The referendum is slated for January and the only hope seems to be a constitutional clause that says referendums can only be held on matters of great national importance. Some are saying the current situation doesn’t apply, as hard as that is to believe.

Another hope is that Papandreou will not last long enough for a referendum, he may be defeated in a confidence vote on Nov. 2-4.

The current thinking is that Papandreou wants out or that he wants to share the responsibility of the failure of the state with the public. Bondholders who accepted a haircut only two days ago may already be having second thoughts.

Turning to the forex market, the news today highlights the endless uncertainty that will plague Europe for years to come. The euro was absolutely crushed today, falling to 1.3848 from the close on Friday at 1.4146.

The reversal back below the 55, 100 and 200-day moving averages and the close below these levels at the end of the month suggests the rally was a false breakout. Knowing that the market was positioned heavily short (via CFTC COT) it makes perfect sense. Thursday’s rally was nothing more than a massive short squeeze.

I expect a half-hearted rebound in the next day or two and I will be looking to sell it.

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Not Reaching for the Falling Knife

The news was bang on consensus. The EFSF, bank capital and the Greek haircut were all in line with what everyone was expecting yet markets have reacted as if hit by a bolt of lightening.

To some extent, I get it. I was evidently one among many who thought European leaders wouldn’t be able to pull it off – the boat was tilted far too heavy to that side and the reckoning is here.

That’s not to say there aren’t risks. Nothing has been finalized and the devil is always in the details.

I’m of the firm belief that economic growth will continue to disappoint. Even today’s GDP report showed the rise in consumer spending tilted towards healthcare and utilities at the expense of the savings rate, suggesting the consumer is tapped out for everything but the essentials.

The Bank of Canada took a dovish approach this week and the ECB and RBA may both cut in the week ahead. There is a tremendous opportunity to short CAD, EUR and AUD today and those would be my three favourite trades. But there is no rush, I have little doubt that selling EUR/USD at the tail end of US trading today would yield an easy 70 pips, but let’s see if we can set-up for something more.

The dollar was the worst performer, followed by the yen. The Swiss franc led, followed by the euro.

Of all the strange things today, the CHF rally is the strangest. How on earth is CHF rallying in all this? The only answer is that the SNB sold some of their euros into the rally.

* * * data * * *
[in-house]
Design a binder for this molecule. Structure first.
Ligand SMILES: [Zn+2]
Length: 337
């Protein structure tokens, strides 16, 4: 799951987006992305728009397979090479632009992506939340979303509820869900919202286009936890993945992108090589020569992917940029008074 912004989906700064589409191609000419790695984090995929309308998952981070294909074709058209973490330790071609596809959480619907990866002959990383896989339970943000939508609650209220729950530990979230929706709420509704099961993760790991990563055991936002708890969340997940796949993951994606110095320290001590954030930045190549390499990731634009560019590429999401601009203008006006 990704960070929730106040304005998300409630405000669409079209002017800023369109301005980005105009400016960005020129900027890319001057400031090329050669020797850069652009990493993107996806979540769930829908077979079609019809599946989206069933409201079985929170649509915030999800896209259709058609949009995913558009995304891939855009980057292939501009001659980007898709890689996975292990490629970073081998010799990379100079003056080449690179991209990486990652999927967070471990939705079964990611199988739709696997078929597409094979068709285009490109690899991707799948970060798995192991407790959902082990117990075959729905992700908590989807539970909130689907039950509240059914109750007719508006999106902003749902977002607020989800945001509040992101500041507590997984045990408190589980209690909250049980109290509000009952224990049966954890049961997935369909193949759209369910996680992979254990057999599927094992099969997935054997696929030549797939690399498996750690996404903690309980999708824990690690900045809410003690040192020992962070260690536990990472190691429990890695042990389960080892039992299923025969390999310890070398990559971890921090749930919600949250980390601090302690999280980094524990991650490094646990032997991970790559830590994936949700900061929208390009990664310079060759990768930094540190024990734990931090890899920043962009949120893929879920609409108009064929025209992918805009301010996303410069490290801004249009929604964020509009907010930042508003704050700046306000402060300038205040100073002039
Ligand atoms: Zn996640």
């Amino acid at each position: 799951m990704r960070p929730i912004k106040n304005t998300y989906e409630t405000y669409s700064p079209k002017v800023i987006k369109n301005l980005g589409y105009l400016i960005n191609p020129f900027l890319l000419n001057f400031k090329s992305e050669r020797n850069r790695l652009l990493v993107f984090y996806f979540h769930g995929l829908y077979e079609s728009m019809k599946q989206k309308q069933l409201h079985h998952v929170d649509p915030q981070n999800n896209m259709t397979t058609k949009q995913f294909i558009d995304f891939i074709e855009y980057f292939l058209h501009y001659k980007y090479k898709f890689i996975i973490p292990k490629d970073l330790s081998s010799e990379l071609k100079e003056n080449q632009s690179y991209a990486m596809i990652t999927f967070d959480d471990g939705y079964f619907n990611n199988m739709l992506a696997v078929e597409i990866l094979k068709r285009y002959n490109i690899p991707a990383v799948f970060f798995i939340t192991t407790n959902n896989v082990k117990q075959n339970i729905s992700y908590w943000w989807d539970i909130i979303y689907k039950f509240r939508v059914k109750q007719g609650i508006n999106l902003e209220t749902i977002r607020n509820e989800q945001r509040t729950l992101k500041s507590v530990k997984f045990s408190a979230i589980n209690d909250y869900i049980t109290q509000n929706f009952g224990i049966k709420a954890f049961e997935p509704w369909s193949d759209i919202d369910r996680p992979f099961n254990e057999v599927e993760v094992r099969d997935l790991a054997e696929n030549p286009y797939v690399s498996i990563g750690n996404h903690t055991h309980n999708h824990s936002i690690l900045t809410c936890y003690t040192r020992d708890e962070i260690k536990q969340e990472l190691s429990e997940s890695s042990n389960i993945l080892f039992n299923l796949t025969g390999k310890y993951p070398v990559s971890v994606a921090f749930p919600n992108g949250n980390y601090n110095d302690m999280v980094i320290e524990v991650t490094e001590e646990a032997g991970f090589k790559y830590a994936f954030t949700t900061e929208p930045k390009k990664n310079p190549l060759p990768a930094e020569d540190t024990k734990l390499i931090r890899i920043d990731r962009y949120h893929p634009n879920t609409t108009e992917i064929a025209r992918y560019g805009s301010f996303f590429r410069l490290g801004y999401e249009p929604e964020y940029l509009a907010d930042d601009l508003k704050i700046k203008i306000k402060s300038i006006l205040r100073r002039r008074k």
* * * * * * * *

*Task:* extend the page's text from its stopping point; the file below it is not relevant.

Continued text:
The first chart to check out is AUD/USD. If anything is overbought, it’s this. The resistance at 1.0764 is a stop that makes for a good short-term sell.

 

Buying USD/CAD longs is the trade I’m looking for right now but if I had a gun to my head, I would be selling because 0.9800 looks like it’s coming.

Finally, I can’t say that I’m crazy about the euro. The ECB is probably going to cut rates tomorrow but with the momentum the way it is, any short for more than a 70 pip move is too risky.

 

 

 

 

 

 

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After the Greek Haircut it’s Time to Focus on the ECB

So much is going on in Europe. The number one thing I’m waiting on is the Greek bond haircut but something around 50% seems fairly certain at this point. The euro will rally once there is an agreement but it will be telling to see how much it rises.

Quick recap/analysis of today’s news:

–          EU agrees to 9% bank capital ratio. €106B to be raised, with 75% of it in Greece, Spain, Italy and Portugal. The list of how much banks in each country must raise is here.

There is no way Greek banks can raise €30 billion so that money is coming straight out of the EFSF. I don’t know all the details of European financials but I’m eager to see how they react in stock markets tomorrow. I’ll go from there.

There is also to be a question about whether convertible debt will count toward the ratio but I’m guessing Germany and Spain will lose.

Berlin and Madrid are mounting a last-ditch bid to lower the bar by allowing a broader range of capital to be used as part of the “temporary buffer”. German and Spanish banks in particular will have a lot more work to do to reach the new, 9 per cent core tier one capital ratio if they are not allowed to count some hybrid forms of capital. (link)